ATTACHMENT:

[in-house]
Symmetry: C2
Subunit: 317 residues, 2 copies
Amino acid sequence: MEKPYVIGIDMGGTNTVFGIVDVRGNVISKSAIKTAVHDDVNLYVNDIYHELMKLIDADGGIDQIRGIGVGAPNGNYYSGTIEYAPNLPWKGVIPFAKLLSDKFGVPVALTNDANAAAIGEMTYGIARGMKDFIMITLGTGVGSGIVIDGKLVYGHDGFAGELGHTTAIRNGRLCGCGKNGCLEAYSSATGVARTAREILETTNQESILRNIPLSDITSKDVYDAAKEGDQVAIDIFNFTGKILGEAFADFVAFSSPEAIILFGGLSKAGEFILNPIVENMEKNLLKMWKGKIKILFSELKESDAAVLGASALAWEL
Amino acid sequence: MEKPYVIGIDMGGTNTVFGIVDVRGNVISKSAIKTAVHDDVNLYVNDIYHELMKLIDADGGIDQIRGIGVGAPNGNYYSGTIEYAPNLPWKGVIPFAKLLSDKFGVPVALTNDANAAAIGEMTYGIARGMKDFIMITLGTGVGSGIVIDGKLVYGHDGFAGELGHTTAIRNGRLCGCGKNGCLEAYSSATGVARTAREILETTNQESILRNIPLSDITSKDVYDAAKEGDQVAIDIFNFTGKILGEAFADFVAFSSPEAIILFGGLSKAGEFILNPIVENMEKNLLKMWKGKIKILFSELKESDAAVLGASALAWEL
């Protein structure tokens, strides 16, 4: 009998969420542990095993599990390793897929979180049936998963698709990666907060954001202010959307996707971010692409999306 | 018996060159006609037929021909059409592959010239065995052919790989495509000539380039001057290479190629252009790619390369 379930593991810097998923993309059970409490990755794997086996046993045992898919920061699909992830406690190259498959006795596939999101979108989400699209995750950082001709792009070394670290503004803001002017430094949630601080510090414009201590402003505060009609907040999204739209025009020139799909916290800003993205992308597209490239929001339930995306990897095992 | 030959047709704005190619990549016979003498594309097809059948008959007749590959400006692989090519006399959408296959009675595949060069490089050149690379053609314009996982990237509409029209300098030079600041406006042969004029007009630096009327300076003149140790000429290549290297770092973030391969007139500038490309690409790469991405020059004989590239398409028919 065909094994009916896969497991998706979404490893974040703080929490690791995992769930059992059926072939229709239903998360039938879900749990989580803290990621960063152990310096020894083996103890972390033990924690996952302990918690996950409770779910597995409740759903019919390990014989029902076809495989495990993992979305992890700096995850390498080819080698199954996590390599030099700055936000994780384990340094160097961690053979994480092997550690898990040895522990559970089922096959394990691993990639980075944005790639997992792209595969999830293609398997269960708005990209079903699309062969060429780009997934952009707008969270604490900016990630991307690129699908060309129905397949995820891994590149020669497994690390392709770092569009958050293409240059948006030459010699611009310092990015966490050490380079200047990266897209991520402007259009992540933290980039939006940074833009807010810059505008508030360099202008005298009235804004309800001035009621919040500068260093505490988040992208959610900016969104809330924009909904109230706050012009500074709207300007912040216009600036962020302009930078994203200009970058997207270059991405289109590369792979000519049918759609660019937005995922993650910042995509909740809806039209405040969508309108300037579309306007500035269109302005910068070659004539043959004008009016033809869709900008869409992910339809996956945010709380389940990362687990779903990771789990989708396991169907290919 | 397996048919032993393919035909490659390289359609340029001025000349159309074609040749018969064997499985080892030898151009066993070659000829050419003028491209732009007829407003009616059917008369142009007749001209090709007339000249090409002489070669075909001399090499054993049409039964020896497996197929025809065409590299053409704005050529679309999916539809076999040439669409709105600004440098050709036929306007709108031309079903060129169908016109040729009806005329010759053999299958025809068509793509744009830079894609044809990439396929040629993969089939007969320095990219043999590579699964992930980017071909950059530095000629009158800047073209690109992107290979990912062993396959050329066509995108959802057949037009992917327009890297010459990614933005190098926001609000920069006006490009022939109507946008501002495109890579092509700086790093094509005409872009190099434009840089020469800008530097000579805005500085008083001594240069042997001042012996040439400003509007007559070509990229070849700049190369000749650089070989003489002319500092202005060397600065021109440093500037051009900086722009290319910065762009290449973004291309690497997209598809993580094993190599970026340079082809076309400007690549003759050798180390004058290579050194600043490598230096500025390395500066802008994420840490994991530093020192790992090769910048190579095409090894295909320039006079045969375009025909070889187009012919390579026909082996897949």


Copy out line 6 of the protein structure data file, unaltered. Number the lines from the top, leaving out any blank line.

């Protein structure tokens, strides 16, 4: 009998969420542990095993599990390793897929979180049936998963698709990666907060954001202010959307996707971010692409999306 | 018996060159006609037929021909059409592959010239065995052919790989495509000539380039001057290479190629252009790619390369 379930593991810097998923993309059970409490990755794997086996046993045992898919920061699909992830406690190259498959006795596939999101979108989400699209995750950082001709792009070394670290503004803001002017430094949630601080510090414009201590402003505060009609907040999204739209025009020139799909916290800003993205992308597209490239929001339930995306990897095992 | 030959047709704005190619990549016979003498594309097809059948008959007749590959400006692989090519006399959408296959009675595949060069490089050149690379053609314009996982990237509409029209300098030079600041406006042969004029007009630096009327300076003149140790000429290549290297770092973030391969007139500038490309690409790469991405020059004989590239398409028919 065909094994009916896969497991998706979404490893974040703080929490690791995992769930059992059926072939229709239903998360039938879900749990989580803290990621960063152990310096020894083996103890972390033990924690996952302990918690996950409770779910597995409740759903019919390990014989029902076809495989495990993992979305992890700096995850390498080819080698199954996590390599030099700055936000994780384990340094160097961690053979994480092997550690898990040895522990559970089922096959394990691993990639980075944005790639997992792209595969999830293609398997269960708005990209079903699309062969060429780009997934952009707008969270604490900016990630991307690129699908060309129905397949995820891994590149020669497994690390392709770092569009958050293409240059948006030459010699611009310092990015966490050490380079200047990266897209991520402007259009992540933290980039939006940074833009807010810059505008508030360099202008005298009235804004309800001035009621919040500068260093505490988040992208959610900016969104809330924009909904109230706050012009500074709207300007912040216009600036962020302009930078994203200009970058997207270059991405289109590369792979000519049918759609660019937005995922993650910042995509909740809806039209405040969508309108300037579309306007500035269109302005910068070659004539043959004008009016033809869709900008869409992910339809996956945010709380389940990362687990779903990771789990989708396991169907290919 | 397996048919032993393919035909490659390289359609340029001025000349159309074609040749018969064997499985080892030898151009066993070659000829050419003028491209732009007829407003009616059917008369142009007749001209090709007339000249090409002489070669075909001399090499054993049409039964020896497996197929025809065409590299053409704005050529679309999916539809076999040439669409709105600004440098050709036929306007709108031309079903060129169908016109040729009806005329010759053999299958025809068509793509744009830079894609044809990439396929040629993969089939007969320095990219043999590579699964992930980017071909950059530095000629009158800047073209690109992107290979990912062993396959050329066509995108959802057949037009992917327009890297010459990614933005190098926001609000920069006006490009022939109507946008501002495109890579092509700086790093094509005409872009190099434009840089020469800008530097000579805005500085008083001594240069042997001042012996040439400003509007007559070509990229070849700049190369000749650089070989003489002319500092202005060397600065021109440093500037051009900086722009290319910065762009290449973004291309690497997209598809993580094993190599970026340079082809076309400007690549003759050798180390004058290579050194600043490598230096500025390395500066802008994420840490994991530093020192790992090769910048190579095409090894295909320039006079045969375009025909070889187009012919390579026909082996897949």